Blackberry bushes prefer well-drained, slightly acidic soil that is amended with compost or other organic matter, but blackberry bushes are hardy plants that can withstand a poor soil conditions. This bush produces abundant fruits with full sun exposure, but withstands partially shaded areas well.
Blackberry is drought-resistant, and the bush is an attractive addition to butterfly gardens. Birds and bees are also attached to blackberry bushes, and the plant has delicate white flowers that provide ornamental value to mixed borders and privacy screens. When left undisturbed, blackberries form thickets, making the bushes suitable for ground cover. Pruning the bushes after the last harvest in autumn controls growth and increases overall berry production.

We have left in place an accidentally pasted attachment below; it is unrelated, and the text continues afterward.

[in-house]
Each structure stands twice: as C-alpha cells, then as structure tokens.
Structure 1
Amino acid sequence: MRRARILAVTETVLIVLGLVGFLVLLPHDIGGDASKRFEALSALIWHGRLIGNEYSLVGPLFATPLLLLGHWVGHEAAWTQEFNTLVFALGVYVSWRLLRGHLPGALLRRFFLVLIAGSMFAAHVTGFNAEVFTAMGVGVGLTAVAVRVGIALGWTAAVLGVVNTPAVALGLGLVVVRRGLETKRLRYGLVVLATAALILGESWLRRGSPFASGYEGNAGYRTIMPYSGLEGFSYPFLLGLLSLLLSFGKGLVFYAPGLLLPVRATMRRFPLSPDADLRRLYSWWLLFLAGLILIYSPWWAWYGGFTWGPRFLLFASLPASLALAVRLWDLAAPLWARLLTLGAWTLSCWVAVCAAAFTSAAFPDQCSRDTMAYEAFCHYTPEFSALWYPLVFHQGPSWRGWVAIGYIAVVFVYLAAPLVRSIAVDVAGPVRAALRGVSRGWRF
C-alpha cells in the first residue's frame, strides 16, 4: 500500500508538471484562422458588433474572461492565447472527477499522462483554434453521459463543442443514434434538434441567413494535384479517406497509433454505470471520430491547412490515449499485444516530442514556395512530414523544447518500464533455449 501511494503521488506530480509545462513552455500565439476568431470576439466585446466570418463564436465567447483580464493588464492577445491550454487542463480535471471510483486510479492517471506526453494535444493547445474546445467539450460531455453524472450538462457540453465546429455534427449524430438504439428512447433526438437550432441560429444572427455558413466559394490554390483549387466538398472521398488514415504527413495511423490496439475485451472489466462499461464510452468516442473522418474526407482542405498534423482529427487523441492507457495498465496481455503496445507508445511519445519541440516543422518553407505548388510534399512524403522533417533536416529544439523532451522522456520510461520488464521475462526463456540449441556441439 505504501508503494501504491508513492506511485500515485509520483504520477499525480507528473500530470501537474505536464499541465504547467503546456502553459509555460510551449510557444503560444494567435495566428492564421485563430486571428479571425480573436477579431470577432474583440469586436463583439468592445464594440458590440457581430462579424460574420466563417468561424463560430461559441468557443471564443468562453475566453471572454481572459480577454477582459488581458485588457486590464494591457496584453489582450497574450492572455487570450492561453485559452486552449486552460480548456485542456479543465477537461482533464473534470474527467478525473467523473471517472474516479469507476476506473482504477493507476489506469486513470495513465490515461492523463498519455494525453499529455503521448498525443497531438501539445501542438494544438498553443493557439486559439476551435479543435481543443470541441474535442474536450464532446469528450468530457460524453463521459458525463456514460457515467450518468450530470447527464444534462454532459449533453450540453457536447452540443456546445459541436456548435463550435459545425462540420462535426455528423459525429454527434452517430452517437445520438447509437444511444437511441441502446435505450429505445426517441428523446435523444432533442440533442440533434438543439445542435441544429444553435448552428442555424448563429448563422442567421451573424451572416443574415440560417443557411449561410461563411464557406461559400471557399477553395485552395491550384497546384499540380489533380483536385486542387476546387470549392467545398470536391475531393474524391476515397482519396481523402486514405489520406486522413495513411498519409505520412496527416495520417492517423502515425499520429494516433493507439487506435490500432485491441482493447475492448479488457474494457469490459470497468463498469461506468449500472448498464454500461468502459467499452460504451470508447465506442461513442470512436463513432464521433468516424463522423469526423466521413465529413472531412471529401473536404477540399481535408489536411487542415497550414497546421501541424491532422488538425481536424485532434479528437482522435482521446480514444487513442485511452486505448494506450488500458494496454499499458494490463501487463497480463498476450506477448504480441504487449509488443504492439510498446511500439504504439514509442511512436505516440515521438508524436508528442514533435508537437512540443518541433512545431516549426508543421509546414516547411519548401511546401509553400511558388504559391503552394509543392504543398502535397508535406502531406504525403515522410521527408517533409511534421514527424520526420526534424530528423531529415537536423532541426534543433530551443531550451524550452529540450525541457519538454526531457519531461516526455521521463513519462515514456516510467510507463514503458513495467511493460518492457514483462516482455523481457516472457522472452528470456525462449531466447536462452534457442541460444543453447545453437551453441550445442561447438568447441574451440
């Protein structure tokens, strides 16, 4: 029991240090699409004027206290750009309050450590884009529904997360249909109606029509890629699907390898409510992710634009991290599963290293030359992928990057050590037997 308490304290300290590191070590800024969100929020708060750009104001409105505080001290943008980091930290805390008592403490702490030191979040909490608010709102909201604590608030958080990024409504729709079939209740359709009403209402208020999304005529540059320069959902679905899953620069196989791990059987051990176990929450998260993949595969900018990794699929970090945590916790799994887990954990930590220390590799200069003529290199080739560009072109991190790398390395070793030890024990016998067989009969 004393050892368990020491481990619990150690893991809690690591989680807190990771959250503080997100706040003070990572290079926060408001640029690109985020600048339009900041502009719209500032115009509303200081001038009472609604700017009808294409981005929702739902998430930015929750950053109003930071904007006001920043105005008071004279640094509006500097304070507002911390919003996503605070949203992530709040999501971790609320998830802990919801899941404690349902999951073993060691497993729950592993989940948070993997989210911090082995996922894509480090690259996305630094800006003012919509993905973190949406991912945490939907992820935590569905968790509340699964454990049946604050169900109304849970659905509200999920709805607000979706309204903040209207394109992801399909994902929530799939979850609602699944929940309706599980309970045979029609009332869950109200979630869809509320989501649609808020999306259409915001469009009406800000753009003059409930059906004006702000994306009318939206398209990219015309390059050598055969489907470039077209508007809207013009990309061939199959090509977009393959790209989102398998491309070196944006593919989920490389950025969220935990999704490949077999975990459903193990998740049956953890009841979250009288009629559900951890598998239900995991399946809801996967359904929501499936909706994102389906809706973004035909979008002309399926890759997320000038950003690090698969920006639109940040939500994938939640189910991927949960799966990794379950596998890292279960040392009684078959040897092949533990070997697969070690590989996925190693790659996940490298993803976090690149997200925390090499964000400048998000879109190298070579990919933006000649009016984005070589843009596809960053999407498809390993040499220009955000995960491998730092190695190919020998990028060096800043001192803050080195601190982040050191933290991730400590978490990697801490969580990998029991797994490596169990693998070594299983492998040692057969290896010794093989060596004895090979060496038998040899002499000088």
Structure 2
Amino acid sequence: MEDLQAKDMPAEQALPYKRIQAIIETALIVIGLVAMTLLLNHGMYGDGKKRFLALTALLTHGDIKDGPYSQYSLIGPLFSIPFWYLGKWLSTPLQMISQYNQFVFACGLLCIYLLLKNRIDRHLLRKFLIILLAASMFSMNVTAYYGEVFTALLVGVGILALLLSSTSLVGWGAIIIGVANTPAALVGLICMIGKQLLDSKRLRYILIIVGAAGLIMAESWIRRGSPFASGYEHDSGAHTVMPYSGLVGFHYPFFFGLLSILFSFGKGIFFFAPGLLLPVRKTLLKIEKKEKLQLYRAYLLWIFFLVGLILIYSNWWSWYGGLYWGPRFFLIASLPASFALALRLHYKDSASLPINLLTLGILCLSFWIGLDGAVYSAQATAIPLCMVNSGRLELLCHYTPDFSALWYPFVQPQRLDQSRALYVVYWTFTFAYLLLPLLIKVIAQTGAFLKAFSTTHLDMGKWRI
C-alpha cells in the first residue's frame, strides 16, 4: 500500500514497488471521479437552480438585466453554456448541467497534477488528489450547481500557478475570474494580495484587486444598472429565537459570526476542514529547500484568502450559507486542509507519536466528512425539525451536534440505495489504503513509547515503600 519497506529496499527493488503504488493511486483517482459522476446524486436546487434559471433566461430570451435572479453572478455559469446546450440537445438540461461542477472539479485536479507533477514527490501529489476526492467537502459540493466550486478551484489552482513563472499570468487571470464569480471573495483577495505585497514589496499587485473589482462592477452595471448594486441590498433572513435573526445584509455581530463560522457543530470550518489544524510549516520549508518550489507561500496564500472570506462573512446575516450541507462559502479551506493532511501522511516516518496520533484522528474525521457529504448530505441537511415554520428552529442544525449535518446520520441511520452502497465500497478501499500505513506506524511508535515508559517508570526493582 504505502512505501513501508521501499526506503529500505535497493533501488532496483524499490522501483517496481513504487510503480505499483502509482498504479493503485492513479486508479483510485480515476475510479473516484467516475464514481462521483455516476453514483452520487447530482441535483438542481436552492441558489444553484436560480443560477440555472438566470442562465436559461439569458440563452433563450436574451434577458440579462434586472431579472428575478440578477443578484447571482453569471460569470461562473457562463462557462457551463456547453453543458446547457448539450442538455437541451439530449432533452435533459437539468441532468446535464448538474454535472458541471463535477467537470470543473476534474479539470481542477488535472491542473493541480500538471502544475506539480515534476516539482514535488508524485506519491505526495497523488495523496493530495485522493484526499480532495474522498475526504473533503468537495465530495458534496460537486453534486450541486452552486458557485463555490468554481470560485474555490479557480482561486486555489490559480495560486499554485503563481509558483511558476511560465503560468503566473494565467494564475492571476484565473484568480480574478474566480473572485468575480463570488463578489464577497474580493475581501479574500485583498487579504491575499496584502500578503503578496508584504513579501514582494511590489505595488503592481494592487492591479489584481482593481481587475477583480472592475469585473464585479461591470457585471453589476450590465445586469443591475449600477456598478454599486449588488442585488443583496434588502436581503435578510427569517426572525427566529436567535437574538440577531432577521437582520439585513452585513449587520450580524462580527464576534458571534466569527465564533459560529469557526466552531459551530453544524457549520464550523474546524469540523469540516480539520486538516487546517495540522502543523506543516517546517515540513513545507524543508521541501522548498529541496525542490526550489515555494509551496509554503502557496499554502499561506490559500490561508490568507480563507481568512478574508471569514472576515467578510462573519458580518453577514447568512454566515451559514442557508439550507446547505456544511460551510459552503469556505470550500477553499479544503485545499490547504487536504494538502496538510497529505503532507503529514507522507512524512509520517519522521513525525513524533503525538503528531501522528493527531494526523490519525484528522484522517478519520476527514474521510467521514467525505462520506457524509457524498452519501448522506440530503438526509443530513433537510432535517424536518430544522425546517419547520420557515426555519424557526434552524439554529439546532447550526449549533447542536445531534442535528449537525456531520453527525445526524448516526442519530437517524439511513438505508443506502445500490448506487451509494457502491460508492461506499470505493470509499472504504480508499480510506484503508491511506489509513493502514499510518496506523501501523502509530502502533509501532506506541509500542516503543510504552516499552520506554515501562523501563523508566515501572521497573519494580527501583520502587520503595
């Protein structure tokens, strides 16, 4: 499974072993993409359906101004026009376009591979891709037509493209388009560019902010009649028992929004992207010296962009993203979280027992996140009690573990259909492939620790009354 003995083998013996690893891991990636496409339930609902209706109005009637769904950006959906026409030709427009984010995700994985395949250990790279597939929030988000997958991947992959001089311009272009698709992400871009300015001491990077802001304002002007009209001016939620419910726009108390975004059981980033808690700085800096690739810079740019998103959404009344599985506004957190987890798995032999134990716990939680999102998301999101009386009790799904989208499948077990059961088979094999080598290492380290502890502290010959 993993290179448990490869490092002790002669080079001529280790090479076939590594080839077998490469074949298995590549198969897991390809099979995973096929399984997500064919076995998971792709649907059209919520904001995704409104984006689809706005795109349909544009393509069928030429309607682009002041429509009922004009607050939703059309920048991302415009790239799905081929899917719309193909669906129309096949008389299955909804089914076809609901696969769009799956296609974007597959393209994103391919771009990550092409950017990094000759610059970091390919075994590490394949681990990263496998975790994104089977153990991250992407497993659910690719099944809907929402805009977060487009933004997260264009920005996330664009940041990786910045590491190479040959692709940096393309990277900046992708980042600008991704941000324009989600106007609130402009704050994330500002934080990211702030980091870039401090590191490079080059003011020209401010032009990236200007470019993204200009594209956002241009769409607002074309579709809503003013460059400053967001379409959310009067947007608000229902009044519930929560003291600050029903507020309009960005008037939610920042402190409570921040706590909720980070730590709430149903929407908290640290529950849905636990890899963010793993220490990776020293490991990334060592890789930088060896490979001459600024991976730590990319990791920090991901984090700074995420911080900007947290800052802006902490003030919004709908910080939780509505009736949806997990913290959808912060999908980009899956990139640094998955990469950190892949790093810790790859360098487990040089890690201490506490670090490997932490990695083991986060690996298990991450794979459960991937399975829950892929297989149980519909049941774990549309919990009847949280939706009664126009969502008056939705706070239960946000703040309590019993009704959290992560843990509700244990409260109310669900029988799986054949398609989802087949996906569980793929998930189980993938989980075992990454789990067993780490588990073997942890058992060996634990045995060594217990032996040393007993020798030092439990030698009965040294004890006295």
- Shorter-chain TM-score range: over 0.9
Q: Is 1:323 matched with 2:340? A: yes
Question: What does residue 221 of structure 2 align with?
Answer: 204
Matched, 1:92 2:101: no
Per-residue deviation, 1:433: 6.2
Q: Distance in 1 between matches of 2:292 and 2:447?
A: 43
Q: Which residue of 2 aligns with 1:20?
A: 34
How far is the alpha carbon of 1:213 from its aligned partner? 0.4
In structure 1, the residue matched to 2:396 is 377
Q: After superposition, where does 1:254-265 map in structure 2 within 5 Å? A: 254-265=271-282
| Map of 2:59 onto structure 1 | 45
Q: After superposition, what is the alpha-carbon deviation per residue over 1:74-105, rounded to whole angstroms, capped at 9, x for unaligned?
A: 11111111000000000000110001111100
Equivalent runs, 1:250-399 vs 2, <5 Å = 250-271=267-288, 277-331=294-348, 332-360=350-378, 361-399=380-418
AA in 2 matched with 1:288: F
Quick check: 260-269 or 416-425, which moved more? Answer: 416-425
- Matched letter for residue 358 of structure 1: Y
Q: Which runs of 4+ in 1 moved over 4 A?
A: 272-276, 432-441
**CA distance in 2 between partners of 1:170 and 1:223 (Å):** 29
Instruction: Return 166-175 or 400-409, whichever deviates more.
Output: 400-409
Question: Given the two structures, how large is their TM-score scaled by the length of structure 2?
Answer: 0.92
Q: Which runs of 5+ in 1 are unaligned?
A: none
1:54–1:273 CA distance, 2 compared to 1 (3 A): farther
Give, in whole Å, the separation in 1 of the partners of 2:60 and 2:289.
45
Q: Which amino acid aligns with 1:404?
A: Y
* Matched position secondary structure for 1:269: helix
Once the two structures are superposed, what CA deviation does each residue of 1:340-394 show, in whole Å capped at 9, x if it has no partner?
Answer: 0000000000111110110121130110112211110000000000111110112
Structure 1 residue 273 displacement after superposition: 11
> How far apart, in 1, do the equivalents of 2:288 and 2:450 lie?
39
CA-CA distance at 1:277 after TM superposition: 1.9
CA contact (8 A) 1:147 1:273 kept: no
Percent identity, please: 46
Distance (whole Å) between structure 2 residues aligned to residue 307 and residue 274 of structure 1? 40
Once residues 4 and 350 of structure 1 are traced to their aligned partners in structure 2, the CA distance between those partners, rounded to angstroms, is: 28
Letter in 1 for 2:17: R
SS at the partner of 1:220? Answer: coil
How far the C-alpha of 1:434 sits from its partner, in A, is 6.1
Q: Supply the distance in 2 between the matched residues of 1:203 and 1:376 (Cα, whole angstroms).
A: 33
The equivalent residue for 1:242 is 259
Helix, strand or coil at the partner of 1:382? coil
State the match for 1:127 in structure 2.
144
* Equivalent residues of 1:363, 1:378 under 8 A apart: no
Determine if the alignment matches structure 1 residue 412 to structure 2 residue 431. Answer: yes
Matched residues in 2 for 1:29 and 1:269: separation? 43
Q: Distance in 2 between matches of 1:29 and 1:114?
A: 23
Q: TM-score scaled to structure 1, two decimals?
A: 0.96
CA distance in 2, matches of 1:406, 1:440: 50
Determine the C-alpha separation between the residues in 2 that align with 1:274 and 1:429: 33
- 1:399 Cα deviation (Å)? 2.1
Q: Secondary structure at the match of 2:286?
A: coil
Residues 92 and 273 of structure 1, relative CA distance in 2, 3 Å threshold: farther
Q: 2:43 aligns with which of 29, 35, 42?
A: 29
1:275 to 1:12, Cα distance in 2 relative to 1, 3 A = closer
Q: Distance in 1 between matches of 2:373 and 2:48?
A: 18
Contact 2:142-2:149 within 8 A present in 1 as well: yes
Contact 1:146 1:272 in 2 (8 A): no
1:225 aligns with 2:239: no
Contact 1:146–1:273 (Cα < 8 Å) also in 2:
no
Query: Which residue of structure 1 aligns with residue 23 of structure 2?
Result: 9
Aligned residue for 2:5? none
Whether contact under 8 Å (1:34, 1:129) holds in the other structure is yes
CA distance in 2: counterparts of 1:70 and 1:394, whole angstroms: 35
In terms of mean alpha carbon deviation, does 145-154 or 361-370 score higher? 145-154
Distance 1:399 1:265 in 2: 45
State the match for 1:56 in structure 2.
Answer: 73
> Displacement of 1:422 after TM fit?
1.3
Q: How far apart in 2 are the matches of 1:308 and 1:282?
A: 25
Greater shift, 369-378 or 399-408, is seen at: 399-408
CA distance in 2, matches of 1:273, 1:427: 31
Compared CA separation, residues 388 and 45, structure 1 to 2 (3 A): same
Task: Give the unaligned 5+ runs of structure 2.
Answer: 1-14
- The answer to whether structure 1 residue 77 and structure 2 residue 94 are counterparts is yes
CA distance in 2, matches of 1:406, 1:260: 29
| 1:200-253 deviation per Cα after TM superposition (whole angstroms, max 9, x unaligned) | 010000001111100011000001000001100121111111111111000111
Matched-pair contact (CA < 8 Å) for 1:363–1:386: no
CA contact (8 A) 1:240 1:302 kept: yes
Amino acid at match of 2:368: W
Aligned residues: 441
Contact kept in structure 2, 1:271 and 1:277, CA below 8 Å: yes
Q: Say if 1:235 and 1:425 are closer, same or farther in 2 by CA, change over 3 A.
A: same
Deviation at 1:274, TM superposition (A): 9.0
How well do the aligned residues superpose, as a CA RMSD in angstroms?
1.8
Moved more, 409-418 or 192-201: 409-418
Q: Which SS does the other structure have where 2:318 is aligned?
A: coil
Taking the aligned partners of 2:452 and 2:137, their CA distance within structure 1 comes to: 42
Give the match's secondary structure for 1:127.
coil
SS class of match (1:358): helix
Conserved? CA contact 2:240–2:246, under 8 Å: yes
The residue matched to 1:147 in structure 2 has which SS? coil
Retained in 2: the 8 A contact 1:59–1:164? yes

The blackberry bush has thorny, erect branches that are reddish-green and medium-green leaves with deeply serrated leaf margins. In spring, white or pink blossoms appear on the branches. The flowers have five petals and are about 1/2 inch in diameter. After the blossoms fall off, drupes appear. Blackberry drupes are initially green before turning red for a short time. The berry gradually becomes dark purple as it ripens.
Some blackberry plants produce drupes several times over the course of spring and summer, allowing for successive harvests. Each berry has dozens of drupes, which forms a berry that is similar to a raspberry in shape, size and texture. The seeds are located inside the tiny drupes that make up each berry. In autumn, the blackberry bush loses it leaves and is dormant until the following spring.